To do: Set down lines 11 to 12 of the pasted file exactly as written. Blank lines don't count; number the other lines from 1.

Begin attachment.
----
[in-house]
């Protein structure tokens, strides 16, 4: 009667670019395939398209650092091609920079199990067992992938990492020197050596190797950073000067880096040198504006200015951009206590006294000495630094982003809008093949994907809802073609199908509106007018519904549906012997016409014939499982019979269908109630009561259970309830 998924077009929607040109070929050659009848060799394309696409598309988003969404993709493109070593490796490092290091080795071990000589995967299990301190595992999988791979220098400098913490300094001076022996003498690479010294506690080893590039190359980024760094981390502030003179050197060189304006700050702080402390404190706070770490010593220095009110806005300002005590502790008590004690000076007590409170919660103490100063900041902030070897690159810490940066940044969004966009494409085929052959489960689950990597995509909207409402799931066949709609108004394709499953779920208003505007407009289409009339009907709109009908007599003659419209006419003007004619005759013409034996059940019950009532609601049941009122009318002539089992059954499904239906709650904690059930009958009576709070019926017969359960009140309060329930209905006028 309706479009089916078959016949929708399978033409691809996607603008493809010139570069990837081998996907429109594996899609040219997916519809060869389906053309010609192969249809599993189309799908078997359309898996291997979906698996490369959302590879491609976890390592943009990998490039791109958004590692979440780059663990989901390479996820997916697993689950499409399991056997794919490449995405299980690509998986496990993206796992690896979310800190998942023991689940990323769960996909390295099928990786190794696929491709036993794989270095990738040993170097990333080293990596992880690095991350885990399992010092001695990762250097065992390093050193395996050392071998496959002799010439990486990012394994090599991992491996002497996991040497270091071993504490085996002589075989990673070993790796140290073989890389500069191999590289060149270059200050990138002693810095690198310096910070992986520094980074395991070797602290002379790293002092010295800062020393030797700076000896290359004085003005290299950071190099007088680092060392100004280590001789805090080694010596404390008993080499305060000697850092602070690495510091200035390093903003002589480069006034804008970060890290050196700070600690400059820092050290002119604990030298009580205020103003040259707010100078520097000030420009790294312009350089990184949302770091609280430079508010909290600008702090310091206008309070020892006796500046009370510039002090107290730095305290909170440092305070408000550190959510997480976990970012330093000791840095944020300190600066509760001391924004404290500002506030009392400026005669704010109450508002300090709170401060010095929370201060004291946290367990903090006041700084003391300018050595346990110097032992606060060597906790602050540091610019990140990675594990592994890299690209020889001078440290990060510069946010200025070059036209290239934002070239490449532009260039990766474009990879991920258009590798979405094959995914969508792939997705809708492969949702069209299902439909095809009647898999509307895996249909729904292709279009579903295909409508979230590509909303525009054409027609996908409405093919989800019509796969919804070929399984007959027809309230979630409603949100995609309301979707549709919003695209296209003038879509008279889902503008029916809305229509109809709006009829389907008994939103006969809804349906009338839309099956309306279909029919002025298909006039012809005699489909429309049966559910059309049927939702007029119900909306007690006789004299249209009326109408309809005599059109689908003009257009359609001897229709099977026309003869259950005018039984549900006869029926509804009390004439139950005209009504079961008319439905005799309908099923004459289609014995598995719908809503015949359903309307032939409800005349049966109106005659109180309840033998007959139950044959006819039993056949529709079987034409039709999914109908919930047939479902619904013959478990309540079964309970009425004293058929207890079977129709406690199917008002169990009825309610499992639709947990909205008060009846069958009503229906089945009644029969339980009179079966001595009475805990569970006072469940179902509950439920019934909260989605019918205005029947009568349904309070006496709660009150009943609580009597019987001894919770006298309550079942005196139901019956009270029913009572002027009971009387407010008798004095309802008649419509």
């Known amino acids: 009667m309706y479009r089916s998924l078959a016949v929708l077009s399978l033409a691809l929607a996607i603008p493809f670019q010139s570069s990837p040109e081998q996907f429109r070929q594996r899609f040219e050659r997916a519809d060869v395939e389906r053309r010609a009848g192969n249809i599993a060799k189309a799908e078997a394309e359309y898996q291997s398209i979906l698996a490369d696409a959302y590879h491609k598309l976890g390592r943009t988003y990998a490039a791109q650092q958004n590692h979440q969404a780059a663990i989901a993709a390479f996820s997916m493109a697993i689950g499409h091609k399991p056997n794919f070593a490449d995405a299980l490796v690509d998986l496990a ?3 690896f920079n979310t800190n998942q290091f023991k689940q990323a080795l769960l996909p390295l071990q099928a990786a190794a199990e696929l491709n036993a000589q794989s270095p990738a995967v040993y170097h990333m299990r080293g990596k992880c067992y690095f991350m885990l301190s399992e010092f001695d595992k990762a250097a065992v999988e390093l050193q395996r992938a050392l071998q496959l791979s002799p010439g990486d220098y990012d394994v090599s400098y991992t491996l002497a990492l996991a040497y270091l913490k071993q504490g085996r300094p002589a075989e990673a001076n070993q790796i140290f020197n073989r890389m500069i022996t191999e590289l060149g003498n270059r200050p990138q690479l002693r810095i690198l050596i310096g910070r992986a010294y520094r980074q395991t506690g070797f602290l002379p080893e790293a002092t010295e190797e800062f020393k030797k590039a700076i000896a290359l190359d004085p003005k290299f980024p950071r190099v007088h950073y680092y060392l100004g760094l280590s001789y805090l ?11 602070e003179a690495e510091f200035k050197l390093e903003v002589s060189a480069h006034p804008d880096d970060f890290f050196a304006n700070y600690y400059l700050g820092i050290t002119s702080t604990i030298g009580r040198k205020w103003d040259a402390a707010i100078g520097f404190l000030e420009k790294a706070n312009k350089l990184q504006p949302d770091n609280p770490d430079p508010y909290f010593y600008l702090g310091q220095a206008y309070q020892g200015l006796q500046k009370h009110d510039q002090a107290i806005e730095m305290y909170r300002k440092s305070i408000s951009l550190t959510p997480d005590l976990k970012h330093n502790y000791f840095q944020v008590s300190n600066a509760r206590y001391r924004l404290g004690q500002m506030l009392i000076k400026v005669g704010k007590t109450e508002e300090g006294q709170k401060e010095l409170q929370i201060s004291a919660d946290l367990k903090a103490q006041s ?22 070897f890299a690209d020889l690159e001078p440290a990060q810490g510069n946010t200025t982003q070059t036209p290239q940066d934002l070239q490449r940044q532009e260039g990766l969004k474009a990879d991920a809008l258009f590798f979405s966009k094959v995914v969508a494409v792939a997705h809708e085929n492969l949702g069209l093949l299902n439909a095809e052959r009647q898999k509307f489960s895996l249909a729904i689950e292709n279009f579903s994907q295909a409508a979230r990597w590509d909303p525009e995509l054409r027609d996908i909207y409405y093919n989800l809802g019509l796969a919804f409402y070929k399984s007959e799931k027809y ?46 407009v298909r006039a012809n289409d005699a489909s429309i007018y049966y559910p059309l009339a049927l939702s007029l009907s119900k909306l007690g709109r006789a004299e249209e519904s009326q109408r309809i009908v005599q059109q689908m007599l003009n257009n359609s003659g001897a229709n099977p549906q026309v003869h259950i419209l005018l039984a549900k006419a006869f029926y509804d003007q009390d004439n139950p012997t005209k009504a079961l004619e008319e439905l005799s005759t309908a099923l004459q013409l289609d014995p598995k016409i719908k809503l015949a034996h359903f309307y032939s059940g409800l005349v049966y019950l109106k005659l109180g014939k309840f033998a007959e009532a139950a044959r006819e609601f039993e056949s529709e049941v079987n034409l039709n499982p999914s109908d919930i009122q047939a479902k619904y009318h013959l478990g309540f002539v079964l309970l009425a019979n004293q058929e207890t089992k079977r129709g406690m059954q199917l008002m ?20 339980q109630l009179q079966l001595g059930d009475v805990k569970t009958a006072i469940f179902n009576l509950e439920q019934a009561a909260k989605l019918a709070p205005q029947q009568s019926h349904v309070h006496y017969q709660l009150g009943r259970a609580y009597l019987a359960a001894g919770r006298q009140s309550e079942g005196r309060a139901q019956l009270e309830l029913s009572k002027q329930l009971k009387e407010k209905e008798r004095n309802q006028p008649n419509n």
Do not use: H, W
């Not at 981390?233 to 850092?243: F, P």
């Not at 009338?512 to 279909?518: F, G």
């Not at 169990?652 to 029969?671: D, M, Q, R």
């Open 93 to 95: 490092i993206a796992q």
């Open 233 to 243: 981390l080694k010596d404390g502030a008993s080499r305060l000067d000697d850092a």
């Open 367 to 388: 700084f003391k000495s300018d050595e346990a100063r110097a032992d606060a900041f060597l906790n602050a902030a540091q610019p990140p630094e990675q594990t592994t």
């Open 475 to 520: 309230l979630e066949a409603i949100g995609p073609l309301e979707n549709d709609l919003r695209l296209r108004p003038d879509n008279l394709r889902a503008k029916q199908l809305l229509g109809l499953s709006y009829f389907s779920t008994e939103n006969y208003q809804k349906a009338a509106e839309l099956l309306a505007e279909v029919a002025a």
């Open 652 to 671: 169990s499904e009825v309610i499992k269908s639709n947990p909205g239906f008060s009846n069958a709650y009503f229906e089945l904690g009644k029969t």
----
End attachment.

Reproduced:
């Open 475 to 520: 309230l979630e066949a409603i949100g995609p073609l309301e979707n549709d709609l919003r695209l296209r108004p003038d879509n008279l394709r889902a503008k029916q199908l809305l229509g109809l499953s709006y009829f389907s779920t008994e939103n006969y208003q809804k349906a009338a509106e839309l099956l309306a505007e279909v029919a002025a």
């Open 652 to 671: 169990s499904e009825v309610i499992k269908s639709n947990p909205g239906f008060s009846n069958a709650y009503f229906e089945l904690g009644k029969t």